An eerie glowing full moon rises behind a tall skyscraper in the Denver Colorado skyline.

An eerie glowing full moon rises behind a tall skyscraper in the Denver Colorado skyline.

1)  If you haven’t already heard, Denver has 300 days of sunshine per year.  It keeps us cheerful and bright.  Sunshine combats Seasonal Affective Disorder and allows us to occasionally wear shorts in December.

2)  The mountains are right there.  Not a skier or snowboarder? Hike. Kayak. Climb. Snowshoe. Stand-Up Paddleboard on the rivers. Take photographs. Breathe.  Even if you choose to never set foot in the mountains, the front range always looks stunning from the city.

3)  Strong economy. Denver has diverse and growing industries – technology, natural gas, clean energy, mutual funds, tourism.  Our unemployment rate is lower than that of New York City.

4)  No shortage of great restaurants.  When I need to entertain guests, my problem isn’t “Which restaurant is good enough?”  My problem is “Which great restaurant is perfect for this occasion?”

5)  Lower cost of living than coastal cities.  Considerably lower.  The median price of a single-family home in Denver was $285,000 in the third quarter of 2013, compared to New York’s median of $515,000.

6)  Parks. (No, not Allison Parks, though I am a GREAT reason to move to Denver.) Denver has the largest city park system in the nation. Denver has more than 200 parks within the city and 20,000 acres of parks in the nearby mountains, including spectacular Red Rocks Amphitheatre. The city has its own buffalo herd and every year plants more than 200,000 flowers in 26 formal flower gardens.

7)  Denver is a cultural city with the second highest educated population in America. In its Old West days, Denver had a performance of Macbeth before it had a school or a hospital. Today, the Denver Performing Arts Complex has nine theatres seating 10,000 people and is second only to New York’s Lincoln Center. The seven county metro area has a self-imposed sales tax for the arts that raises up to $40 million a year, which is distributed to 300 arts organizations and facilities.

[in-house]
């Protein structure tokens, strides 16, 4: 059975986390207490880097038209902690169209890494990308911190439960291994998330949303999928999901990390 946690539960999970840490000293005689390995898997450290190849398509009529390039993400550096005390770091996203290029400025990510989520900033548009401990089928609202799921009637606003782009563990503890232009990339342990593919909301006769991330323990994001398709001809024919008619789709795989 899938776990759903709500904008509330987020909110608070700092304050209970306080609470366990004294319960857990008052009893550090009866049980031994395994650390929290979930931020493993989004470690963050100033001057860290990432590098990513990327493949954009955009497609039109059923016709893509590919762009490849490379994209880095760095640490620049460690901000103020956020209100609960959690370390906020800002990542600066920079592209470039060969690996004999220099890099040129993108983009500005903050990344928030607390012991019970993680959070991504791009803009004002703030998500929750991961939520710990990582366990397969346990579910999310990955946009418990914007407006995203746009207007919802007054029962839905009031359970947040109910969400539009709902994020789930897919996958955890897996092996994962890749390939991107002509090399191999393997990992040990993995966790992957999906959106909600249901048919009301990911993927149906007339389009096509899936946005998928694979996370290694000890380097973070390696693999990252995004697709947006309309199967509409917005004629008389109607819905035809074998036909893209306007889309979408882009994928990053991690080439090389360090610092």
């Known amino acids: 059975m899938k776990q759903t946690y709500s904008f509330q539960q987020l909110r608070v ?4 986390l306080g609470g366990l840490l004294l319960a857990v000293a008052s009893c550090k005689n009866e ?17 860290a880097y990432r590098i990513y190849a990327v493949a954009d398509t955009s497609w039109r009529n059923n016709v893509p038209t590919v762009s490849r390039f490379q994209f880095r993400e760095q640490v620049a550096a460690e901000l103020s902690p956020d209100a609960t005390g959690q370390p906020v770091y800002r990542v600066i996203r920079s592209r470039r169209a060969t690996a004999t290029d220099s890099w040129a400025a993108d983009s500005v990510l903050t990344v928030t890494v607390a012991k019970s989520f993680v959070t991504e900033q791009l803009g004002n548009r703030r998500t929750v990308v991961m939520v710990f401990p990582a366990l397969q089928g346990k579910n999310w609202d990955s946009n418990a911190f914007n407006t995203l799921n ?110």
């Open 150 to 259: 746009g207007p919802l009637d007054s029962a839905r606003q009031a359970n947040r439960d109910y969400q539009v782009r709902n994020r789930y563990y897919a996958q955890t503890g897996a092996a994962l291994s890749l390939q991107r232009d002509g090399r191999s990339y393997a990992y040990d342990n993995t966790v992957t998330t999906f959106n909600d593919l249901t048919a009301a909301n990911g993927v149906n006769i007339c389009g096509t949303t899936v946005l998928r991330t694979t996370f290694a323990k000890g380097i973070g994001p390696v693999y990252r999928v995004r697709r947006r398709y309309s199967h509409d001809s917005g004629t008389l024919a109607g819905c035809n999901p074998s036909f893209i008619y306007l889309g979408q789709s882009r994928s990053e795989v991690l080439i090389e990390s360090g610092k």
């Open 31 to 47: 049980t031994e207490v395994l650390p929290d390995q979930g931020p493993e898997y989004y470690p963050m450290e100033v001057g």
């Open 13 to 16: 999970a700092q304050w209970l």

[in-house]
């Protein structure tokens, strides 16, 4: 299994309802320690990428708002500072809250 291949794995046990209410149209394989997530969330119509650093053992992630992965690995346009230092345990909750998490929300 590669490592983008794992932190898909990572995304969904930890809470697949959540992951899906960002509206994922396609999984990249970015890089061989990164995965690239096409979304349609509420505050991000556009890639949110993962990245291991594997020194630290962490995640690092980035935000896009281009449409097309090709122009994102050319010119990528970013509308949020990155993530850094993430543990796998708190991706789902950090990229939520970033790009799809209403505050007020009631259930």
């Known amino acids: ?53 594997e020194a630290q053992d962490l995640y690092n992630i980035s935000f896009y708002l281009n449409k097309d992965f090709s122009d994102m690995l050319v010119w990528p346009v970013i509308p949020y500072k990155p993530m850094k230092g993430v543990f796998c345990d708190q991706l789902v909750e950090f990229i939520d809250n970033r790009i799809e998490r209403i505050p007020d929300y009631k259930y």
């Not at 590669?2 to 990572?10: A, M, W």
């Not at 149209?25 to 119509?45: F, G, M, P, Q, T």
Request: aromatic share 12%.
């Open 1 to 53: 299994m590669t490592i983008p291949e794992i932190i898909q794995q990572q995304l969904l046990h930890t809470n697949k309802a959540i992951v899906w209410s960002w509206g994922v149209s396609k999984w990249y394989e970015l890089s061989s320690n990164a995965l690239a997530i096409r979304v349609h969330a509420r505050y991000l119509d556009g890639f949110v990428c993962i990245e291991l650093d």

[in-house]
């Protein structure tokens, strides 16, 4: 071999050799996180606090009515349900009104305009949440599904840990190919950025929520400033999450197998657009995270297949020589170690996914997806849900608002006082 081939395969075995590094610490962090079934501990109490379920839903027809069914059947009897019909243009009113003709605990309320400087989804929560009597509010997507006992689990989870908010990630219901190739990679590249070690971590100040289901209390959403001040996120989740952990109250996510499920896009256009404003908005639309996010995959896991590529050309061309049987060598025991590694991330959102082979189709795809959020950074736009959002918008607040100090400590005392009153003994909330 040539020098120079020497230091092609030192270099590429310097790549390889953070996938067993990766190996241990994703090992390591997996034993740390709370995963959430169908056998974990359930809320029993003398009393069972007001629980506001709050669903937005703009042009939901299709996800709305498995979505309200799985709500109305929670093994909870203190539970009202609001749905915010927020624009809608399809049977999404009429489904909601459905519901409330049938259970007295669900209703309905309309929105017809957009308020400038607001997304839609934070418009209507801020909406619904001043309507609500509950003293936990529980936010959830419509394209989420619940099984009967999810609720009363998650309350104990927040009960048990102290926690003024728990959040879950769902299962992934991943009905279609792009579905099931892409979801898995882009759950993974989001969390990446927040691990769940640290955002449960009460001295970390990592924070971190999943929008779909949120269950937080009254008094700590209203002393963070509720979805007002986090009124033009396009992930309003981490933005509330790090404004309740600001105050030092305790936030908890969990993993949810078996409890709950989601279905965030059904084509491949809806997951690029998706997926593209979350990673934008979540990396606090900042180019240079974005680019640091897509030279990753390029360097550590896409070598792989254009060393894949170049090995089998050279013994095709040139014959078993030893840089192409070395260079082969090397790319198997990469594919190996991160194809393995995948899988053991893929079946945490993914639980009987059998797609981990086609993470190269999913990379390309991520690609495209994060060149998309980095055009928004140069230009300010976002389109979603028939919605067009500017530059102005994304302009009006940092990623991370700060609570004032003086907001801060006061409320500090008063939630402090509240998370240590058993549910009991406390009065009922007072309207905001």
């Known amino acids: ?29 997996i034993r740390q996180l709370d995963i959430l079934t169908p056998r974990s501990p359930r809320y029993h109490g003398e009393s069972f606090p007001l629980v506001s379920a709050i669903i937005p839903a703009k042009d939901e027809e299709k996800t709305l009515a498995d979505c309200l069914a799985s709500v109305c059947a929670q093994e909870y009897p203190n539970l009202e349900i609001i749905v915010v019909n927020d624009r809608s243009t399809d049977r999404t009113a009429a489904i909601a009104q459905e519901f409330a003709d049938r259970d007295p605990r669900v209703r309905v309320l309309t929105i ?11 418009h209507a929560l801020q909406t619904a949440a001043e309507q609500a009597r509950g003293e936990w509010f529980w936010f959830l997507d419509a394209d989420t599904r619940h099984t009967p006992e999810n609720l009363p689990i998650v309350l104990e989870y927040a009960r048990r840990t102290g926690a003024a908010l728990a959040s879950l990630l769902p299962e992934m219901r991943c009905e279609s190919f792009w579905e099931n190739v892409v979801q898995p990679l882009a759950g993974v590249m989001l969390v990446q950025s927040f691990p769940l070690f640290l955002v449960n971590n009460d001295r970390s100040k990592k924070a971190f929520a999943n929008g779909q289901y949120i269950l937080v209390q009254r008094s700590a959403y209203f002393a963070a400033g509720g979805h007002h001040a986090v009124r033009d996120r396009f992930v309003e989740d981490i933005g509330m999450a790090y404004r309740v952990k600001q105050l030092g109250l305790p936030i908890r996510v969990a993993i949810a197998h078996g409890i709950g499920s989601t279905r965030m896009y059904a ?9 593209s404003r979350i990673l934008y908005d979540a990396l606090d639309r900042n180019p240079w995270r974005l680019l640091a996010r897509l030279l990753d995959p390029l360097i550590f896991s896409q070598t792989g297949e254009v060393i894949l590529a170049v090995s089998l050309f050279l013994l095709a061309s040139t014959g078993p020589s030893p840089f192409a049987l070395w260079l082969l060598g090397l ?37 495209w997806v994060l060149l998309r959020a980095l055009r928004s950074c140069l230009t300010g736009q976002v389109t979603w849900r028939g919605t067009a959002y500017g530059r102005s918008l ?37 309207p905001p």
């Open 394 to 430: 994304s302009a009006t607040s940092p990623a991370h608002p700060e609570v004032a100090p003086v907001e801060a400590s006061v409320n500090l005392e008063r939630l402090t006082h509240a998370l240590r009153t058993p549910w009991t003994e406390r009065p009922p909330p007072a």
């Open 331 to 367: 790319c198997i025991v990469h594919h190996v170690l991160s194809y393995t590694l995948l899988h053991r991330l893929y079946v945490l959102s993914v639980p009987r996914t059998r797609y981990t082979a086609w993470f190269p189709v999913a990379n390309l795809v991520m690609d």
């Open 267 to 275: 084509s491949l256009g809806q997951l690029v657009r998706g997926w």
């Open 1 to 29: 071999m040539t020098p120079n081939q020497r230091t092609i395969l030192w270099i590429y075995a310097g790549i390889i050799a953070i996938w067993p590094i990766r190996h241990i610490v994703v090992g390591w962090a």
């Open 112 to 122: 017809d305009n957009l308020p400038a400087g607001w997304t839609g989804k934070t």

8)  Denver is one of only a few cities to have seven professional sports teams. Denver also has horse racing and a professional rodeo. Denver has 90 golf courses, 850 miles of bike paths and the nation’s largest city park system.

9)  Denver brews more beer than any other city.  If you’re a beer lover, you could tour artisan breweries for days.

10)  Denver really is the Mile High City. There is a step on the State Capitol Building that is exactly 5,280 feet above sea level. In Denver’s rarified air, golf balls go ten percent farther. So do cocktails. Alcoholic drinks pack more of a wallop than at sea level. The sun feels warmer, because you’re closer to it, but your coffee is cooler, because water boils at 202 degrees.

If you’re ready to relocate to Denver, let Conscious Real Estate help you find your new home! To contact one of our agents, call 303-908-9873 or email our owner, Allison Parks, at

A purple button with the word Give on it

While most economists agree that the Great Recession is over, many nonprofits in Colorado and across the nation have not recovered from their fundraising declines that began in 2008.

The Colorado Nonprofit Association reports that while nearly 58% of our state’s nonprofits state that they will meet or exceed their individual donation goals, more than 34% will fall short.  Nearly 77% of Colorado nonprofits have noticed an increased demand for services this year, but 22% had to cut back on programs and nearly 17% turned away clients.